Horticulture farming offers an opportunity for many smallholder farmers in Uganda to find a route out of poverty. However, climate change manifesting itself through increased occurrence of drought, seasonal variations and temperature increase has caused tremendous losses to these farmers due to their reliance on rainfed agriculture. Investment in irrigation has been proven as a viable solution to adapt to the challenge of climate change, as it would allow all-year farming. Use of solar technology in powering irrigation pumps has made even a more worthwhile investment. However, majority of the farmers in Uganda lack irrigation skills and face limited access to irrigation equipment. Previous efforts to promote year-round production and access to irrigation equipment have focused on subsidizing systems for farmers but this has not yielded sustainable results as farmers end up with inappropriate equipment and have limited operation and maintenance skills.
It is against this background that GGGI partnered with Danish Church Aid (DCA) to embarked on a capacity building program for farmers in West Nile on the use of solar powered irrigation. DCA mobilized over 200 farmers from mainly Arua and Terego districts, 50% fof which were female farmers. A participatory approach that involved both theoretical classroom sessions and field practical sessions was employed throughout the training program. Training evaluation results indicate that up to 88% of the participants were satisfied with the training.
The main objective of the intervention was to train farmers on practical operation and maintenance of SPIS and CSA practices and as well motivate farmers into acquire SPIS equipment at their farm for sustainable development. The training specifically addressed the following.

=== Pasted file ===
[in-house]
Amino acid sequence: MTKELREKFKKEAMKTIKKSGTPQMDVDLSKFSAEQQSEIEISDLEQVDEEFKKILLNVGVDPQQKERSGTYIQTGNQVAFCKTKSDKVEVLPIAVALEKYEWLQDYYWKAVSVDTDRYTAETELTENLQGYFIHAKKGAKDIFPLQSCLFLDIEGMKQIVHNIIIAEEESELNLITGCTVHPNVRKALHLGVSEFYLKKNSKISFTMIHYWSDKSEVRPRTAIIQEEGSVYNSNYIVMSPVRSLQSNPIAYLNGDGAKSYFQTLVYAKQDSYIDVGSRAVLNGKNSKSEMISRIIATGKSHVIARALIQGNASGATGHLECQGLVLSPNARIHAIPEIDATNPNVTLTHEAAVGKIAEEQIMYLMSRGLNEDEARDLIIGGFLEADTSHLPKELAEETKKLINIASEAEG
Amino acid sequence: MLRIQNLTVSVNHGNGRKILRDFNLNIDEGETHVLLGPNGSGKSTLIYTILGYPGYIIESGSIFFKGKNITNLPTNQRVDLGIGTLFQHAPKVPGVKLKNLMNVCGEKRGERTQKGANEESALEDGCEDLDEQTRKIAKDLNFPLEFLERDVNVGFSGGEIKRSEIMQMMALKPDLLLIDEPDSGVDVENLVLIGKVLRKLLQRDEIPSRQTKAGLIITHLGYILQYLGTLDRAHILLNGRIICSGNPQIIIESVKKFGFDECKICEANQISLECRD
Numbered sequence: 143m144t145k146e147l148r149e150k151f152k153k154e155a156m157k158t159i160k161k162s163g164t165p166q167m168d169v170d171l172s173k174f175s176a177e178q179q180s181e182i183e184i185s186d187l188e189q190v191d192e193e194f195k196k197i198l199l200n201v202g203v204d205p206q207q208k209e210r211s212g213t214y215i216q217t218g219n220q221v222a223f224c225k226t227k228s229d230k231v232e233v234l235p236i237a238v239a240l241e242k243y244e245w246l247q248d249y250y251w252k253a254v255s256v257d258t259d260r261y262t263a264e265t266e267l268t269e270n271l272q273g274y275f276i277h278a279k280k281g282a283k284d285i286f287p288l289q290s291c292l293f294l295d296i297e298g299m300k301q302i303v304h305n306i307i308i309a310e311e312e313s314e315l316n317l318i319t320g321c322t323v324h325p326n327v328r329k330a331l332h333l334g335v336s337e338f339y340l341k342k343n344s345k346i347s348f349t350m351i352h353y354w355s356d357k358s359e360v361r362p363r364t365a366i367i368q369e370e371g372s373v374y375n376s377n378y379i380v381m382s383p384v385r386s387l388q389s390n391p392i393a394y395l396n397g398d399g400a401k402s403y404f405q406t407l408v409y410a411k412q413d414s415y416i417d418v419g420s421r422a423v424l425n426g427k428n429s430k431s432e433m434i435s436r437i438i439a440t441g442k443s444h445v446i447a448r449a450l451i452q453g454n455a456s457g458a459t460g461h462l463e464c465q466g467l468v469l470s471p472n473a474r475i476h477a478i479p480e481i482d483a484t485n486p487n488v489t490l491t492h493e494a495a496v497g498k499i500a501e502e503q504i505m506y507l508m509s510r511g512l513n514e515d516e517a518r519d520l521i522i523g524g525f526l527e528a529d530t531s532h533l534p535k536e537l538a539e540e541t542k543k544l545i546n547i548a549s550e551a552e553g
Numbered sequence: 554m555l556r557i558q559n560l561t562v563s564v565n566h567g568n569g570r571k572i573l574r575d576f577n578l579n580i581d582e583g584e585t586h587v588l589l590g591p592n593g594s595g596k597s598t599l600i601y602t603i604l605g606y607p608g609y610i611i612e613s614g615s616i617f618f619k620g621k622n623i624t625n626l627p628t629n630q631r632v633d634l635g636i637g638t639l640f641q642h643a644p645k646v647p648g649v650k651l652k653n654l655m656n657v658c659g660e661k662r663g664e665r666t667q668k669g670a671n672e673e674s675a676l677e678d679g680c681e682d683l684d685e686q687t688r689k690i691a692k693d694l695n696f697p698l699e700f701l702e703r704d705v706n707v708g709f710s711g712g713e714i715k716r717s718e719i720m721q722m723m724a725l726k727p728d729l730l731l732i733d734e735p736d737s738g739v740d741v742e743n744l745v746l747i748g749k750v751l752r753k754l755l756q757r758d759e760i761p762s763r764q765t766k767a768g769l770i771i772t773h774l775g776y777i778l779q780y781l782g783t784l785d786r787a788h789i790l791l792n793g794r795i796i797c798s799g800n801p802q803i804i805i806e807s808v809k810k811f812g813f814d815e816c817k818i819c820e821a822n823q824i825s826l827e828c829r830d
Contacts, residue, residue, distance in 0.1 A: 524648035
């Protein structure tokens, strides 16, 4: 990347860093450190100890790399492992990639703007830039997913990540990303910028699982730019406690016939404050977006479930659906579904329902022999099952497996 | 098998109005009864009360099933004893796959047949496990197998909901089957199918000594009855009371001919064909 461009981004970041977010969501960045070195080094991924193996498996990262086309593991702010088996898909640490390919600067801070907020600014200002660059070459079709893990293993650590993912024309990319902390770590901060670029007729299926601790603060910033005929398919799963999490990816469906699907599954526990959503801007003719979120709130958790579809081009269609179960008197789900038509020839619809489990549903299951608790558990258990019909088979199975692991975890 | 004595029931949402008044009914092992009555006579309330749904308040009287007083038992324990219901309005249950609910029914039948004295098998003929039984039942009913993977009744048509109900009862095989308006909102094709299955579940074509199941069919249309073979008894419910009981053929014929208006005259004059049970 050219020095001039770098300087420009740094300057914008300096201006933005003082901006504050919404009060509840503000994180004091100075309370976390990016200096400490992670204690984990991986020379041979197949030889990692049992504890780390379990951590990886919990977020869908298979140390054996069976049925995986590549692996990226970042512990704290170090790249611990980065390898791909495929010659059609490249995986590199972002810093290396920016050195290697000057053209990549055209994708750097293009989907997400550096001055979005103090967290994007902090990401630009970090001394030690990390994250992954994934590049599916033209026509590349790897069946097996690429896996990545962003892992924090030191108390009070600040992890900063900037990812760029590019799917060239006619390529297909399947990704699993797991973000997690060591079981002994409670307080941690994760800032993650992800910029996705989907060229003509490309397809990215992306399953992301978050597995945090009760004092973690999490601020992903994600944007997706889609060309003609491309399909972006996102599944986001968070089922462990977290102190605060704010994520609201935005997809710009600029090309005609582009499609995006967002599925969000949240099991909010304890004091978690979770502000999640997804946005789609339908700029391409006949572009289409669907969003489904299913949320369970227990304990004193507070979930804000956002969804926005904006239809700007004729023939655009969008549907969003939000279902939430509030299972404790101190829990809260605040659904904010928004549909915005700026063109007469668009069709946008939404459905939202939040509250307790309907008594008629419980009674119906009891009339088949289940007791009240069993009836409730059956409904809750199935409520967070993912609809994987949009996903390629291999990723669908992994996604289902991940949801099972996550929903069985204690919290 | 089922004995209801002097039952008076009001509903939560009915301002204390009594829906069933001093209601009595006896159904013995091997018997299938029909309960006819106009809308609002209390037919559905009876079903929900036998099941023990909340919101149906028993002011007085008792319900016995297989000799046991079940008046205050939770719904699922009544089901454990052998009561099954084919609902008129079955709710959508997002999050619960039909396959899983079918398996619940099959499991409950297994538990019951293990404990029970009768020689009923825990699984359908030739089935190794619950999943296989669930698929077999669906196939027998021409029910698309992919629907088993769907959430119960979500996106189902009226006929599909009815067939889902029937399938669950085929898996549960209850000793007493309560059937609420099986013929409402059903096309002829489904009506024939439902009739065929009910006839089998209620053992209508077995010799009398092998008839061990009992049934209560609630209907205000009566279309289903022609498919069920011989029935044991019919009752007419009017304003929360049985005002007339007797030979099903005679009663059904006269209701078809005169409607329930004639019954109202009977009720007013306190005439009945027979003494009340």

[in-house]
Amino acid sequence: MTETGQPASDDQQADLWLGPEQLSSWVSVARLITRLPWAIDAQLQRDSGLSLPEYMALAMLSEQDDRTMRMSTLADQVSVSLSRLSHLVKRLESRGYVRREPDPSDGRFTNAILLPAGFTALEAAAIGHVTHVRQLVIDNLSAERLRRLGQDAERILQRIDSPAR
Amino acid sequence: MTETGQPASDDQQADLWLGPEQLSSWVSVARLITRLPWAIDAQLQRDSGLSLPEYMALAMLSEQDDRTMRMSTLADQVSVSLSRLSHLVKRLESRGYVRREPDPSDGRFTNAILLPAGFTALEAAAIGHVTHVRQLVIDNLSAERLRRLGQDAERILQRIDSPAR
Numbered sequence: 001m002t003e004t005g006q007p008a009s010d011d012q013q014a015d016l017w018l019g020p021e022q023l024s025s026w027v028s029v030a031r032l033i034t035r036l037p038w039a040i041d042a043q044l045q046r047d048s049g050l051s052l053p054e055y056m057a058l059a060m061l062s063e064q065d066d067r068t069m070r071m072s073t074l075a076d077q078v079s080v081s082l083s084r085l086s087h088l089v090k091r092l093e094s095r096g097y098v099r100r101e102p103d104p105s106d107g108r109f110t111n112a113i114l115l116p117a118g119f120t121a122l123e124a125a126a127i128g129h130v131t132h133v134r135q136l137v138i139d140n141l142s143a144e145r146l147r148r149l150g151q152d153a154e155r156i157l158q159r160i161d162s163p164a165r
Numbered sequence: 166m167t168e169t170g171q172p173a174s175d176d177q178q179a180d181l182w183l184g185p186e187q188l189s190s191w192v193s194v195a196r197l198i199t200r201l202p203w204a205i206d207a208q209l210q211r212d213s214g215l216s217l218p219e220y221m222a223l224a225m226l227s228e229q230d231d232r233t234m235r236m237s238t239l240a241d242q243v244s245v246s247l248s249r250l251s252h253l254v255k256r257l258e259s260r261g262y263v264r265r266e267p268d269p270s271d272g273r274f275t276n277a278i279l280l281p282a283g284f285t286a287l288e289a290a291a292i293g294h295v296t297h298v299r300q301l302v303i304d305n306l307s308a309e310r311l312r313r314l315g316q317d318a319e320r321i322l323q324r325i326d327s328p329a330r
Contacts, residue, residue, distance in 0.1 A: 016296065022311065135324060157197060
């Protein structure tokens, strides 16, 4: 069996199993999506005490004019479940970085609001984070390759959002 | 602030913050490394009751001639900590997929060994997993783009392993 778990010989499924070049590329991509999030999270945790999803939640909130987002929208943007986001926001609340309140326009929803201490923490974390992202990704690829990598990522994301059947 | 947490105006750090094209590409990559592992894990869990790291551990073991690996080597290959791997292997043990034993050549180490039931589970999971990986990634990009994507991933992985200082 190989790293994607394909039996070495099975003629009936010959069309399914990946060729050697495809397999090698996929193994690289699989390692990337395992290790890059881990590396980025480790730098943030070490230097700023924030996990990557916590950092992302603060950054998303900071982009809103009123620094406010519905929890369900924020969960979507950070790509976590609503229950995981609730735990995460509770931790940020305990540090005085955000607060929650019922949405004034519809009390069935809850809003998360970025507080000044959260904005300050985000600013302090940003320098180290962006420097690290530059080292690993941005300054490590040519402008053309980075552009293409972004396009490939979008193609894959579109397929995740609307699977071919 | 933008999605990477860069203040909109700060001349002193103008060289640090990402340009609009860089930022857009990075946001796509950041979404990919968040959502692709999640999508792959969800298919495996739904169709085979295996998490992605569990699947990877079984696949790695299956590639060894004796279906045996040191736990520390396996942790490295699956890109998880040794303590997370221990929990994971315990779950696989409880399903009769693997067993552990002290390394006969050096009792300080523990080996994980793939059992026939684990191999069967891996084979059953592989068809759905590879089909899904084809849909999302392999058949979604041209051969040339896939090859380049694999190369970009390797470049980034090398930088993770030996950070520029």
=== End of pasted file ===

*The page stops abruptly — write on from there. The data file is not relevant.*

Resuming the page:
- introduced SPIS best practices to the farmers, water catchment management, water use efficiency and climate smart agriculture practices.
- Prepared farmers technically to access SPIS kits market suppliers
The objectives and targets of the training were successfully achieved. The participants were very interested and excited about the different SPIS technologies. Generally, participants appreciate the content as it is very relevant to both their lives and communities. The key areas of learning for the farmers include the different irrigation methods, use and application of solar power in irrigation, sustainable farming practices, Keeping records and economic evaluation of the crop enterprise.
Additional follow-on capacity building sessions are being considered and will focus on the following themes; water source development and access, integration of both crop and animal production, crop nutrition (use of fertilizer), agricultural machinery, and marketing of the produce.
Furthermore, since SPIS is generally expensive, GGGI and DCA may investigate innovative financing models to help interested farmers acquire SPIS equipment